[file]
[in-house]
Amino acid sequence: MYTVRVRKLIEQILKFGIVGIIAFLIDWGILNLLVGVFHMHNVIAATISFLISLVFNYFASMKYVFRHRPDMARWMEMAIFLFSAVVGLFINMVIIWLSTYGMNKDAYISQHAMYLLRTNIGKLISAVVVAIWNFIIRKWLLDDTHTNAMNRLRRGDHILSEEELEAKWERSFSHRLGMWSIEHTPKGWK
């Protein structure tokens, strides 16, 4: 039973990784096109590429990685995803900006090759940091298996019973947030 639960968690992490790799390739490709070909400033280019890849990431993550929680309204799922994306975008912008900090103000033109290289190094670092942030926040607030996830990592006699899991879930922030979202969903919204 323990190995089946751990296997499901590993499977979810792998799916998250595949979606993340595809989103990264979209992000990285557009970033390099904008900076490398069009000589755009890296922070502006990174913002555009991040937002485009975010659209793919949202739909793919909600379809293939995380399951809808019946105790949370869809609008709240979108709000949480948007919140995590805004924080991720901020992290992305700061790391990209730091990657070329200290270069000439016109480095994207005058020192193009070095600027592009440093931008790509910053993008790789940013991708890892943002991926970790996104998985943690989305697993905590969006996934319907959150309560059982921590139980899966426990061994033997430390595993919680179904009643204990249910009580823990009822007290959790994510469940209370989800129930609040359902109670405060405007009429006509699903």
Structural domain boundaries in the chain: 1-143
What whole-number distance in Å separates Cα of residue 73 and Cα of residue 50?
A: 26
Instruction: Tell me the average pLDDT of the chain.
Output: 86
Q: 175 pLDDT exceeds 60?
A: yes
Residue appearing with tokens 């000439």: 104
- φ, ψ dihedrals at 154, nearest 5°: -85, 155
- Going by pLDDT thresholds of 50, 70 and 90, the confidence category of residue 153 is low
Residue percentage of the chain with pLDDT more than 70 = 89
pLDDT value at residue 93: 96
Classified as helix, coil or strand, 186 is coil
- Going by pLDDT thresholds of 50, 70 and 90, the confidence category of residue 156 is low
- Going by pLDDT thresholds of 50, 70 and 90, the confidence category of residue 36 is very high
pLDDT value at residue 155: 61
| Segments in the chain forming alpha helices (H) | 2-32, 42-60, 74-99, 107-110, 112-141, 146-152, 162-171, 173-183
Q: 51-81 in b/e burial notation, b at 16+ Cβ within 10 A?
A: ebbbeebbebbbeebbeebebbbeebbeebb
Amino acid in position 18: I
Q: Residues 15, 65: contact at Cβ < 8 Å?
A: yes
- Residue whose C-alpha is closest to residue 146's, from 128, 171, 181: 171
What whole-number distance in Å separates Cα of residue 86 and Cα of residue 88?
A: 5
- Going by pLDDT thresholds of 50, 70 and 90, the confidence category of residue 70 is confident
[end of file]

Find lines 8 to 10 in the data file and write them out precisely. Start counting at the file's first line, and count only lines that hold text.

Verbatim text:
Output: 86
Q: 175 pLDDT exceeds 60?
A: yes